• Social Change
  • Agrarian Societies
  • China
  • Communism
  • Tocqueville
  • Fei Xiaotong

Cite this

XU, Xiaohong ; PNG, Ivan P. L. ; CHU, Junhong ; CHEN, Yeh-Ning. / When things were falling apart : Tocqueville, Fei Xiaotong and the agrarian causes of the Chinese revolution. 2018.
@techreport{2d110b8eac974af997aa8da861f2862d,
title = "When things were falling apart : Tocqueville, Fei Xiaotong and the agrarian causes of the Chinese revolution",
abstract = "Why the Chinese Communist Revolution succeeded has been long debated. Scholars have emphasized peasant proletarianization, Communist leadership in peasant nationalism, the attraction of their socio-economic reforms, their effective mobilization, Nationalists’ failures, and geographical conditions. Based on county gazetteers and administrative records of 154 counties in the most heavily contested region during the crucial years, we conduct the first multivariate local-level analysis of revolution. The results show little support for existing narratives. Instead, they substantiate what we call the “Tocqueville-Fei thesis”, that state centralization in agrarian bureaucratic polities inadvertently facilitated social revolution. The state’s effort to penetrate local communities undermined traditional governance structures, upsetting the balance between the state and local norms/elites and turning state agents into unbridled predators on peasants, which created favorable conditions for the Communists. This study has implications for understanding the modernization of agrarian societies and the dynamics of social change, and casts new light on the long-term trajectory of the state-society relationship in China.",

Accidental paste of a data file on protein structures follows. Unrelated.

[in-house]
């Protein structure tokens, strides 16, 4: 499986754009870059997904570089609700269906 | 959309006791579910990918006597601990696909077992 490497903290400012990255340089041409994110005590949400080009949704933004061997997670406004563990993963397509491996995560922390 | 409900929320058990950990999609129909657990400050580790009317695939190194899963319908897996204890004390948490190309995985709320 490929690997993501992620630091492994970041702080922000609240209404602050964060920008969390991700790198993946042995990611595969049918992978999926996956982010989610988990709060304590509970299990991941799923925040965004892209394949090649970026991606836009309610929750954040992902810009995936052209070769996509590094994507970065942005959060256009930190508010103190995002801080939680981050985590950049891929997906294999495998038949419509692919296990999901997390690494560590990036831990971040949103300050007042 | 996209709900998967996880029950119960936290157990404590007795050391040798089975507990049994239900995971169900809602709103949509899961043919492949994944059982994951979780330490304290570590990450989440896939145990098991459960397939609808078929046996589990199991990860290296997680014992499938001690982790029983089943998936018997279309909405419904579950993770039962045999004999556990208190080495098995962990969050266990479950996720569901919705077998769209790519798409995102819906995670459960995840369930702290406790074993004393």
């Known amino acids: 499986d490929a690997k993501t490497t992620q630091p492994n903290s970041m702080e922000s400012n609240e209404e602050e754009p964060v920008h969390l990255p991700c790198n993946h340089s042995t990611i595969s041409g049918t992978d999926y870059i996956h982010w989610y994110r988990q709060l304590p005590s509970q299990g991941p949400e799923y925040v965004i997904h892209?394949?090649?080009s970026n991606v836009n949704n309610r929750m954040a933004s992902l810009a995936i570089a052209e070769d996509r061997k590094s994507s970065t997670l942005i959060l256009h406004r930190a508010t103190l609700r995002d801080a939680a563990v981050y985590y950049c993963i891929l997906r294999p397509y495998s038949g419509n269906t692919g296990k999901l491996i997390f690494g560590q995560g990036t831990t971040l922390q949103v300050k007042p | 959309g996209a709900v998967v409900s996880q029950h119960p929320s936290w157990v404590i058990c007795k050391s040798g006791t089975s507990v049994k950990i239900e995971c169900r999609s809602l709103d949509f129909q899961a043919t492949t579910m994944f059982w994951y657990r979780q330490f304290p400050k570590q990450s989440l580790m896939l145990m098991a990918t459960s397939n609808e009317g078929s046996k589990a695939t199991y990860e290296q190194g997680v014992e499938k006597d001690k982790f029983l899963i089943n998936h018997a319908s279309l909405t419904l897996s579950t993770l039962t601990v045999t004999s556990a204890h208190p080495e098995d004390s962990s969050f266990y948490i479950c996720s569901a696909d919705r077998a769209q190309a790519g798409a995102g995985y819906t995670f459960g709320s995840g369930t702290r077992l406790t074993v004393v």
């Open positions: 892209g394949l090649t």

keywords = "Revolution, State Building, Social Change, Agrarian Societies, China, Communism, Tocqueville, Fei Xiaotong",